I last stayed with Uncle George and Aunty Joan about 40 years ago. They were dairy farmers. I think that they had about 150 cows and the images of the milking shed at 5.00 am have stayed with me since then. I see Uncle George and his cows when I pass a dairy farm even now. The warm unprocessed milk with porridge at 7 or 8. The implement shed. The raging bull that we chased on the other side of the fence. Driving for the first time as he put the hay out, across the paddock with the accelerator on the Bedford truck stuck on what felt like breakneck speed. Rapidly (to my eyes!) approaching a narrow bridge between paddocks. The big arm leaning in to check the steering You’re fine, just keep it dead ahead. Dead I thought, yes, if the bridge doesn’t widen up real soon!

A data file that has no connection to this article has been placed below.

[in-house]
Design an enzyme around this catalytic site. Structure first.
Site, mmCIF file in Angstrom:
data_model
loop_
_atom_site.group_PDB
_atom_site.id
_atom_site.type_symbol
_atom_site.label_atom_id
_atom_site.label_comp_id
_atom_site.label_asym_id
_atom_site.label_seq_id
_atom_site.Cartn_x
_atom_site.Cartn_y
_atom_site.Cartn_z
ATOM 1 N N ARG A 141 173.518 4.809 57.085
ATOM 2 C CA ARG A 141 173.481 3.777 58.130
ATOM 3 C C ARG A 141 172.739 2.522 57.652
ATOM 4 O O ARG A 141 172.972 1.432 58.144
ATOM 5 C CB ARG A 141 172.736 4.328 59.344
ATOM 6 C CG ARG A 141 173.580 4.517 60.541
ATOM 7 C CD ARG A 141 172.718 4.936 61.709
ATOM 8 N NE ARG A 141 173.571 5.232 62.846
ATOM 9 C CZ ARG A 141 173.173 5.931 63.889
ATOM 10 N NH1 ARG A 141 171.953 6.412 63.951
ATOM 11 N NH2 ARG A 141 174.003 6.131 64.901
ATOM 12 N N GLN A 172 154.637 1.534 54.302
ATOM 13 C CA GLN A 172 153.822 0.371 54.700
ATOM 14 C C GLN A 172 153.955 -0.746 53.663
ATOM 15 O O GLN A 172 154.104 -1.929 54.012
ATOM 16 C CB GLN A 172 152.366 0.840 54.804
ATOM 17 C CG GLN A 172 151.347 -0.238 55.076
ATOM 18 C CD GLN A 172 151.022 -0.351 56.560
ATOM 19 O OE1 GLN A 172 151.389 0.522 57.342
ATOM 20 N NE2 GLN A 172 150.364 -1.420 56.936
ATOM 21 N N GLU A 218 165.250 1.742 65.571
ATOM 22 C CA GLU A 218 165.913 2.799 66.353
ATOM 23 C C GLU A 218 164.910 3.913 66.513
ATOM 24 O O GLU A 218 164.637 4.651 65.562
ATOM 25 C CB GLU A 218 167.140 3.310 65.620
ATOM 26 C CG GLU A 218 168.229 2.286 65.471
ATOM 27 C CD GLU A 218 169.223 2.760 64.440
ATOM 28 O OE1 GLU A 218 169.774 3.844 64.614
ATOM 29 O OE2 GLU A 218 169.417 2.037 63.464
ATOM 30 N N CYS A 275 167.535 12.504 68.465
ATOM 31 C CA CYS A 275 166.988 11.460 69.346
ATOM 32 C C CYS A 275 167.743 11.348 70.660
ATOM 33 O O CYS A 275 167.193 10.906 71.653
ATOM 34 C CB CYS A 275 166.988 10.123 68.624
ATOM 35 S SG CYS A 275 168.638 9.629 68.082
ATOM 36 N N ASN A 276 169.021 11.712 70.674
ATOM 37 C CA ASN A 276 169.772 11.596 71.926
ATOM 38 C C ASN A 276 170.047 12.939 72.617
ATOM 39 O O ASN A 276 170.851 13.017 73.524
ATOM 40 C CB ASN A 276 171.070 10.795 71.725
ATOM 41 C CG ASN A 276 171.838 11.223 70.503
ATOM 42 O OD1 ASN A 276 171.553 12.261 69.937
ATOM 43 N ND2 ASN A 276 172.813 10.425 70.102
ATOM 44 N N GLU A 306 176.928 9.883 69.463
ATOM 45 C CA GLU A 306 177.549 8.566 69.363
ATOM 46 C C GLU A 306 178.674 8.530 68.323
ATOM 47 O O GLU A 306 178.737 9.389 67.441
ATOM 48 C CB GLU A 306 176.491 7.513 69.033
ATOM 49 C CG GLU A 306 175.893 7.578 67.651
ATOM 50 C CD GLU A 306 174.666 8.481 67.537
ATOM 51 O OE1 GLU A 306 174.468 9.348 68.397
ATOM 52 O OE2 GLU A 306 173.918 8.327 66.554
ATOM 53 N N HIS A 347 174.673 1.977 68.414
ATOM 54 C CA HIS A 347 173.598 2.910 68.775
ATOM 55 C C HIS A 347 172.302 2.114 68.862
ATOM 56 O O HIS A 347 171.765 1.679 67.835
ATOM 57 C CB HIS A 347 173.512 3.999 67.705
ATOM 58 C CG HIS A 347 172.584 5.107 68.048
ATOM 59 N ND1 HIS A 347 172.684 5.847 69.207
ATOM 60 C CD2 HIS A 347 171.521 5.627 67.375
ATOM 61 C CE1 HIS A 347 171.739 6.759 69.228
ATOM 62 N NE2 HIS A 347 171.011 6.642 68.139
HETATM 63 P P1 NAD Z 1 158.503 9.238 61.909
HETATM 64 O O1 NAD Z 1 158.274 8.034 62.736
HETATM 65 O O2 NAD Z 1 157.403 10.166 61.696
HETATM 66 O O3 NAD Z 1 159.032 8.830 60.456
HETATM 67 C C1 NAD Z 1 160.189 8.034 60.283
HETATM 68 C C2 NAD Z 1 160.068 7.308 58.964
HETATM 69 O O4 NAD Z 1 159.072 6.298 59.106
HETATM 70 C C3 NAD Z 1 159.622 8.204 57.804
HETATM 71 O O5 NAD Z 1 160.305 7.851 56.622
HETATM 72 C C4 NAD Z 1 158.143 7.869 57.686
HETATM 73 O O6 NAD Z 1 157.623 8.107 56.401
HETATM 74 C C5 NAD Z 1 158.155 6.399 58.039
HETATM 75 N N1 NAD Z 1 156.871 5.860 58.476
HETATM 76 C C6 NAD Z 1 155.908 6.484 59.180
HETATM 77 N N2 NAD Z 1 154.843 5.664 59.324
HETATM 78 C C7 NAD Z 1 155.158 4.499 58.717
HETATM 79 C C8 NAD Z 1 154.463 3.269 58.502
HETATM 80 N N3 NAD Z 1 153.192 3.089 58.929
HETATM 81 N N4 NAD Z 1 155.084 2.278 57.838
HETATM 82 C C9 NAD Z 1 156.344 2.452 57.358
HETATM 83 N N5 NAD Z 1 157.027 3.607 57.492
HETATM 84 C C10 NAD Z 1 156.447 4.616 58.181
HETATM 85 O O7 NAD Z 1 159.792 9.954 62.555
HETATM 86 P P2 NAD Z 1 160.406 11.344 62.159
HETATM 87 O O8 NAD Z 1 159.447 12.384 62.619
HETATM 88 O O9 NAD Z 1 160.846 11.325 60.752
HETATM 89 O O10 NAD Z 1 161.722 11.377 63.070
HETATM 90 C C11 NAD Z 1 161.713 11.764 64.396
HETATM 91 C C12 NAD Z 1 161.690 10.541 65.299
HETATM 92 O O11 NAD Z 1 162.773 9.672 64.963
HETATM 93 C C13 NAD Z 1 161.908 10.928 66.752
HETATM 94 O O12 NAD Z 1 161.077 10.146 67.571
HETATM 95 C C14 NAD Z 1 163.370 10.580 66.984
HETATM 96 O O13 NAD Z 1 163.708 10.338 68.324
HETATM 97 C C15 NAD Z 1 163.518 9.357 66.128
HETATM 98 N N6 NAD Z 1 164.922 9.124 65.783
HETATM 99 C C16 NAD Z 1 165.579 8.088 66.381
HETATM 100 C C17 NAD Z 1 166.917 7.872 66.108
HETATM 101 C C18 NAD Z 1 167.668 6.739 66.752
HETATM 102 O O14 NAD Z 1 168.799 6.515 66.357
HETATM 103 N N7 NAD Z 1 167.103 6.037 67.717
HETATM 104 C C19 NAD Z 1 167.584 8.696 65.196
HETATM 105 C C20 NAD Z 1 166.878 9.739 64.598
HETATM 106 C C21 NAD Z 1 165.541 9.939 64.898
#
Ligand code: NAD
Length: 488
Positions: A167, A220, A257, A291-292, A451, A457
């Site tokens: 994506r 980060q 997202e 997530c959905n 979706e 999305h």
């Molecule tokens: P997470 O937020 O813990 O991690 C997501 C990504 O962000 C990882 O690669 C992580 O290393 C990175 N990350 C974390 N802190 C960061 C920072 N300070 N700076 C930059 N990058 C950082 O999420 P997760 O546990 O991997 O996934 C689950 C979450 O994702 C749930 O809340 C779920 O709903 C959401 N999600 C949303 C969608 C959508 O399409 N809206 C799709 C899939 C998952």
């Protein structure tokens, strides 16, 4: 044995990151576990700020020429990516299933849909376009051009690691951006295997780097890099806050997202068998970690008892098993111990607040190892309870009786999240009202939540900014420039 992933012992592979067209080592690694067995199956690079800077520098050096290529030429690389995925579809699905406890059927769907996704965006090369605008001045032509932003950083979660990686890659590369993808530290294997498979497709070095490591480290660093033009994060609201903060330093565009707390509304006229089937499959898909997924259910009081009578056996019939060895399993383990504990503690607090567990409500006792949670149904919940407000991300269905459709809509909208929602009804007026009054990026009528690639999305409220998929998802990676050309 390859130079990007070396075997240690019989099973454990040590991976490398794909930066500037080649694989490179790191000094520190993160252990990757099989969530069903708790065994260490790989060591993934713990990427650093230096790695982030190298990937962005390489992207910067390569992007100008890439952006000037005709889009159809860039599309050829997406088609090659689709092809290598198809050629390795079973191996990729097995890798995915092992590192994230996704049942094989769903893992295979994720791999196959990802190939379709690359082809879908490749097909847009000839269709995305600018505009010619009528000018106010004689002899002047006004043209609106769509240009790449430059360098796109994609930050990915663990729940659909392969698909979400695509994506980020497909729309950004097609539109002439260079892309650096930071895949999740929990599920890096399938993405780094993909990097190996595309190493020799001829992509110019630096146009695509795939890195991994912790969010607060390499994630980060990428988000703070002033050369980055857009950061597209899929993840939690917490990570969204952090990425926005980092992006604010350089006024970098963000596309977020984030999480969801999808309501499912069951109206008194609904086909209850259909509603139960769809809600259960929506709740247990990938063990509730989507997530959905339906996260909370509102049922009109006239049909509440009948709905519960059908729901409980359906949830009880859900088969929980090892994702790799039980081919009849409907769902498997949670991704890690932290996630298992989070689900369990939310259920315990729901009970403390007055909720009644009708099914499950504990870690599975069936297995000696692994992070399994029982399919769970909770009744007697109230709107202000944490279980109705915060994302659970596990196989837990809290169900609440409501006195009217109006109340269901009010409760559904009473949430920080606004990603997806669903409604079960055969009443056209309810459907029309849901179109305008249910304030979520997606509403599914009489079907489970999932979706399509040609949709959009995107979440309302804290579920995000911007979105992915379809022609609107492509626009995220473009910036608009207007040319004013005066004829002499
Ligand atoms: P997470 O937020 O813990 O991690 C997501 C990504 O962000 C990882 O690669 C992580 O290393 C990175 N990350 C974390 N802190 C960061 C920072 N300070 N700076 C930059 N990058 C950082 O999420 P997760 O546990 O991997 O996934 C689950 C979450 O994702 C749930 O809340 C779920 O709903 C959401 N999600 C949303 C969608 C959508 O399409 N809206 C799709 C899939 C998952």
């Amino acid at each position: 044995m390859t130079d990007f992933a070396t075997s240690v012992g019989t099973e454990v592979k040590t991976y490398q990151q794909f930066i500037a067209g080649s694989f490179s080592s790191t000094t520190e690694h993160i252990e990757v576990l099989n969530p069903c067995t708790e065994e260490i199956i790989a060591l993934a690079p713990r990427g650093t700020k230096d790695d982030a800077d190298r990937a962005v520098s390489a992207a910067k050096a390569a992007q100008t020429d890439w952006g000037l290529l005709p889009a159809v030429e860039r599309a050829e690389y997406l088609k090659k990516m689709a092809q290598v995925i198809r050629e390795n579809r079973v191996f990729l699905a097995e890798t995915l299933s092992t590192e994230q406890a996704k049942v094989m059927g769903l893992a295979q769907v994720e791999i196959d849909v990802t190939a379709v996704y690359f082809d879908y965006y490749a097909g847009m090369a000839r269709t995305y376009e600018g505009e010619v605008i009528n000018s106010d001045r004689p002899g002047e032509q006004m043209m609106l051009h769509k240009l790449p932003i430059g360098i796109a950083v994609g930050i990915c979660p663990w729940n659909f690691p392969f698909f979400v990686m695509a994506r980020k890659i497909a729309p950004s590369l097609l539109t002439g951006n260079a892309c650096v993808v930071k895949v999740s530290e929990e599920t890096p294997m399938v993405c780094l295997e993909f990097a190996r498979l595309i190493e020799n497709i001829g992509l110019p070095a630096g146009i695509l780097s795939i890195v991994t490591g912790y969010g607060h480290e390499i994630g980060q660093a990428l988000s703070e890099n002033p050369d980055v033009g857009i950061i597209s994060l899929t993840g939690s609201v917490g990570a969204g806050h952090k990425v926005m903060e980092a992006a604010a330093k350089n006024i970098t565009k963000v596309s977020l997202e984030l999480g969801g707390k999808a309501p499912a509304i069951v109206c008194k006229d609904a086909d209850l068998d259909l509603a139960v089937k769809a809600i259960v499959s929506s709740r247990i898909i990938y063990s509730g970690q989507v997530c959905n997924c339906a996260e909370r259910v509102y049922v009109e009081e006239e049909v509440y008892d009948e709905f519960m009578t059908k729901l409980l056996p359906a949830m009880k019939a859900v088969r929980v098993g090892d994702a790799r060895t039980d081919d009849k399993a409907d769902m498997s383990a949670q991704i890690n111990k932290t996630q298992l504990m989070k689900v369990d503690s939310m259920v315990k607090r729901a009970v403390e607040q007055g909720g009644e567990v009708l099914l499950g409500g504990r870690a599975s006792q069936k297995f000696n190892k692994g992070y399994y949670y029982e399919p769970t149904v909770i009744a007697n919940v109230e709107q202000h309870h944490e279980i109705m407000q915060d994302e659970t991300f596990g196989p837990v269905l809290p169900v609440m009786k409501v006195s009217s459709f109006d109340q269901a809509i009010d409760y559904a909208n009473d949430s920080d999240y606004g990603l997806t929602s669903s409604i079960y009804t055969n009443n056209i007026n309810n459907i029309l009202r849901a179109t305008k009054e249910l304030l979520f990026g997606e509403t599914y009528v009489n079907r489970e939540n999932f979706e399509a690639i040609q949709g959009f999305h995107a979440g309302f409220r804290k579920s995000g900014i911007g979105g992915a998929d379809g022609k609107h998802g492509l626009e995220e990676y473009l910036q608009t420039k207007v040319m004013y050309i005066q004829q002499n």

Running into Mum and Dad in Farmers on a trip to the city. I need to go to the loo. Uncle George corrected you mean lavatory. Such responsibility to my care, even in the face of my parents! Funny how at the tender age of 5 I could sense my parents discomfort.
He died this week, aged 96. He had strong beliefs that he will join Aunty Joan. And probably Daisy. One of those 150 cows he knew by name. The only name I remember, but he had them all off-pat as they walked to the dairy. Remarkable.
He let me learn by trusting me and letting me have a go. Thanks Uncle George.